Fillon, the center-right candidate, plays these notes in a more muted vein. All serious French candidates write a campaign book, and sometimes more than one; Fillon titled his Defeating Islamic Totalitarianism. “France doesn’t have a problem of religion,” he wrote. “It has a problem connected to Islam.” He has called for a new form of “administrative control” of French mosques, and would change the French Constitution to permit legislators to assign an annual immigrant quota, including country-specific quotas. The United States has long maintained just such a system, but it violates Article 1 of the French Constitution, which guarantees equality before the law irrespective of national tradition. Blatant appeals to France’s threatened Christian culture helped lift Fillon over his primary challenger, Alain Juppé, who bravely — and unsuccessfully — raised the banner of a French “identité heureuse,” or positive identity.

Though he has endured a good deal of mockery for his unwillingness to commit himself on controversial subjects, Macron has shown real courage on questions of immigration and identity. In the aftermath of the December 2016 terrorist attack on the Christmas market in Berlin, which left critics of Germany’s open-door refugee policy feeling vindicated, Macron took to the pages of Le Monde to proclaim that German Chancellor Angela Merkel and German society “have saved our collective dignity by welcoming refugees in distress, by housing them and by training them.” He has heaped scorn on Le Pen for seeking to divide the French against themselves. He is a passionate advocate of the EU. Macron is the candidate of the identité heureuse.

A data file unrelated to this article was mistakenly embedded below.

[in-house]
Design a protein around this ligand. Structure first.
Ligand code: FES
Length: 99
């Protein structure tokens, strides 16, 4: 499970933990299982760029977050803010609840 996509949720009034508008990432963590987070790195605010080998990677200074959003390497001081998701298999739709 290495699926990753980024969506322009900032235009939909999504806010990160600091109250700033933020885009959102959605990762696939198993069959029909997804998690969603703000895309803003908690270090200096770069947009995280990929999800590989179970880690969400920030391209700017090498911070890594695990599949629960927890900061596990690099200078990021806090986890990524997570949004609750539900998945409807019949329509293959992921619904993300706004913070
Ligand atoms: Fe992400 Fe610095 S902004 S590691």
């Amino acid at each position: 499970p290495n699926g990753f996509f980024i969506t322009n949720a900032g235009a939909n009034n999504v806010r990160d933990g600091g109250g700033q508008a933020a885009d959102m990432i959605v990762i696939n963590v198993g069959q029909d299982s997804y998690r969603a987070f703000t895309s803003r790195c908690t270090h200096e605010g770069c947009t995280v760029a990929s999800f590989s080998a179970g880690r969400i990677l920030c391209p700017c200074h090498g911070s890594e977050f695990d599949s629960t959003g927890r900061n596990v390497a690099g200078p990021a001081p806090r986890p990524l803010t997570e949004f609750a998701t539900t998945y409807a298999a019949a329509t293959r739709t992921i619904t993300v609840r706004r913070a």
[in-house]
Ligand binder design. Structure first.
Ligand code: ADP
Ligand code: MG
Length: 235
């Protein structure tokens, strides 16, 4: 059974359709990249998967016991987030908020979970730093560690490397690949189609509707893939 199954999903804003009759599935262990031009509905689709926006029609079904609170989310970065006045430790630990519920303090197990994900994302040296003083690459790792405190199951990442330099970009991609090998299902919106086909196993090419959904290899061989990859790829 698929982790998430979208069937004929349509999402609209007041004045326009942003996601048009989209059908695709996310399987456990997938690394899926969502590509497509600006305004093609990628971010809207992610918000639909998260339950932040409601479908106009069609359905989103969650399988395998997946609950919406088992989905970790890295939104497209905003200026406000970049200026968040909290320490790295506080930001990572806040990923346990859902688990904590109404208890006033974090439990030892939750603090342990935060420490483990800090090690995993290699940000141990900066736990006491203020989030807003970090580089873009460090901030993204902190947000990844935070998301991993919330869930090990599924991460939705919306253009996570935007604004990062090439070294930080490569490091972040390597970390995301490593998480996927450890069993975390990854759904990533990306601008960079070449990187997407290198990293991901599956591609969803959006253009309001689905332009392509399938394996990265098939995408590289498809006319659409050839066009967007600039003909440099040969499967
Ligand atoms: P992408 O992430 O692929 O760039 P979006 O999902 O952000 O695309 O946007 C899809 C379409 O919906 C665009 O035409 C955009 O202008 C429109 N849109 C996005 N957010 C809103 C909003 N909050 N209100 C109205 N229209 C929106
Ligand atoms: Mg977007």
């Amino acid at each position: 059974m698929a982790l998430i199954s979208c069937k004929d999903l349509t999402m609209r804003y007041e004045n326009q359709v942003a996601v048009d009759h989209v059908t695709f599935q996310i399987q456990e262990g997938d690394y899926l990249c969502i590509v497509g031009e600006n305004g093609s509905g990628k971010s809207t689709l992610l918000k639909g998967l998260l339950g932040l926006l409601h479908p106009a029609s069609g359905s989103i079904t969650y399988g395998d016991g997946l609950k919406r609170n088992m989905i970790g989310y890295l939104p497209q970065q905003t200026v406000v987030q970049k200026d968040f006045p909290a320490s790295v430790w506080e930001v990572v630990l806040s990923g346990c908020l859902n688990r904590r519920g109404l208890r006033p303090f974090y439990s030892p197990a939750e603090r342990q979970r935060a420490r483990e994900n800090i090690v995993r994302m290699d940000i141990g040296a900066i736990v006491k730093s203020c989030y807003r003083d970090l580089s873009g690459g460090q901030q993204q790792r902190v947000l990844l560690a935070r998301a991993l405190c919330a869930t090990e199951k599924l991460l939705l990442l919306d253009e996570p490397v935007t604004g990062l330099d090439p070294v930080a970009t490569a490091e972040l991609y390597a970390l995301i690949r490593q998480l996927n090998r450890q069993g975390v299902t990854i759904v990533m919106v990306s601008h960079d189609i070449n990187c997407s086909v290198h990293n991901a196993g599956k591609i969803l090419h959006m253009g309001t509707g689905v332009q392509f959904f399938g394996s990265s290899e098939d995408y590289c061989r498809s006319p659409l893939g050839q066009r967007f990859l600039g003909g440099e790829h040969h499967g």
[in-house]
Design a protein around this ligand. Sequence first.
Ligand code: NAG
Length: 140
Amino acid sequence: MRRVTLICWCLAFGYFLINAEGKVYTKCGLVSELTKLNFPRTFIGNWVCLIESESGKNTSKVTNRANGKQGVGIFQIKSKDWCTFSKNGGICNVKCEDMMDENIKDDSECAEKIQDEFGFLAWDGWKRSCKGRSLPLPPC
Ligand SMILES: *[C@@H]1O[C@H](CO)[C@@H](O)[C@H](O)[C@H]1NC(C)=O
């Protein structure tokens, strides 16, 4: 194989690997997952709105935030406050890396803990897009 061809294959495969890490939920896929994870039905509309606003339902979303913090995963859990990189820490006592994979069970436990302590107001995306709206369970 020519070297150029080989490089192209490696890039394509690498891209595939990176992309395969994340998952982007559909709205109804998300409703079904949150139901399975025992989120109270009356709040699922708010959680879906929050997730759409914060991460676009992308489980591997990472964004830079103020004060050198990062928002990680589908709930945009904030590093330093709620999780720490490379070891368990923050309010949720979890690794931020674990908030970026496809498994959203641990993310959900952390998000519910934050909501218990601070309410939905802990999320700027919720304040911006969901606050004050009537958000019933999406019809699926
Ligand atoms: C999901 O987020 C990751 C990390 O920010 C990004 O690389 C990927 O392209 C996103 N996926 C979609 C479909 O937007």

Mélenchon, a former Trotskyist, arrives at a cosmopolitan vision from a base of Marxist universalism. He urges his followers, as I heard him do in one speech, to stand up for “those dying abandoned in the streets, those driven to suicide at work, those drowned in the Mediterranean.” In the candidates’ debate in late March, he insisted that the French tradition of laïcité “must not serve as a pretext to attack Muslims,” and mocked Le Pen’s campaign against the veil by suggesting a clothing police to arrest people with green hair or women with short skirts.

But openness toward other peoples, religions, and tongues does not dictate openness toward trade and capital from beyond the border. On such matters, Le Pen and Mélenchon find much to agree on. Where the former speaks of “financiarisation,” the latter, more picturesquely, flays “the financial funds which are parasites and leeches on the productive body.” (Le Pen is not above the anti-Semitic dog whistle, as when she pointedly refers to Macron as “the candidate of the Rothschild Bank,” where the leader of En Marche! once worked. Mélenchon does not descend to such calumny.) Both despise labor reforms designed to make it easier for French companies to hire and fire employees. Both lavish obloquy upon the regime of austerity dictated by the EU. Both oppose free trade and believe, along with Trump, that the national economy would somehow flourish behind protectionist walls.